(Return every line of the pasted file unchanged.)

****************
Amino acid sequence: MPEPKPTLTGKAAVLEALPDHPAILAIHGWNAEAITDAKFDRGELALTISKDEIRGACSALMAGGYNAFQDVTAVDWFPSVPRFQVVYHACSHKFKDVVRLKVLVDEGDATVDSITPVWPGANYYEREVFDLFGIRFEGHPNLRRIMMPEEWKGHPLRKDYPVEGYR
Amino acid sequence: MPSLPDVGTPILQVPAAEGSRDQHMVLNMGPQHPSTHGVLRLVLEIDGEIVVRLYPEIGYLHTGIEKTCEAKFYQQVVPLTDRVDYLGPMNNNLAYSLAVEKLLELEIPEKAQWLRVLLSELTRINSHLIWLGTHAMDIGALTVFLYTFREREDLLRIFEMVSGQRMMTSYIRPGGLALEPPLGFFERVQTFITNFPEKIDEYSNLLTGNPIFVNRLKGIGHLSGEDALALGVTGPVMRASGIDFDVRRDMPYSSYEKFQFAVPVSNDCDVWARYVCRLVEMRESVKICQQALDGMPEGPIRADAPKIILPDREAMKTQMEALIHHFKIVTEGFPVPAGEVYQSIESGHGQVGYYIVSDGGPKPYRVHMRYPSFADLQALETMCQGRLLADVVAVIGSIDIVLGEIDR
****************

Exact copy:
Amino acid sequence: MPEPKPTLTGKAAVLEALPDHPAILAIHGWNAEAITDAKFDRGELALTISKDEIRGACSALMAGGYNAFQDVTAVDWFPSVPRFQVVYHACSHKFKDVVRLKVLVDEGDATVDSITPVWPGANYYEREVFDLFGIRFEGHPNLRRIMMPEEWKGHPLRKDYPVEGYR
Amino acid sequence: MPSLPDVGTPILQVPAAEGSRDQHMVLNMGPQHPSTHGVLRLVLEIDGEIVVRLYPEIGYLHTGIEKTCEAKFYQQVVPLTDRVDYLGPMNNNLAYSLAVEKLLELEIPEKAQWLRVLLSELTRINSHLIWLGTHAMDIGALTVFLYTFREREDLLRIFEMVSGQRMMTSYIRPGGLALEPPLGFFERVQTFITNFPEKIDEYSNLLTGNPIFVNRLKGIGHLSGEDALALGVTGPVMRASGIDFDVRRDMPYSSYEKFQFAVPVSNDCDVWARYVCRLVEMRESVKICQQALDGMPEGPIRADAPKIILPDREAMKTQMEALIHHFKIVTEGFPVPAGEVYQSIESGHGQVGYYIVSDGGPKPYRVHMRYPSFADLQALETMCQGRLLADVVAVIGSIDIVLGEIDR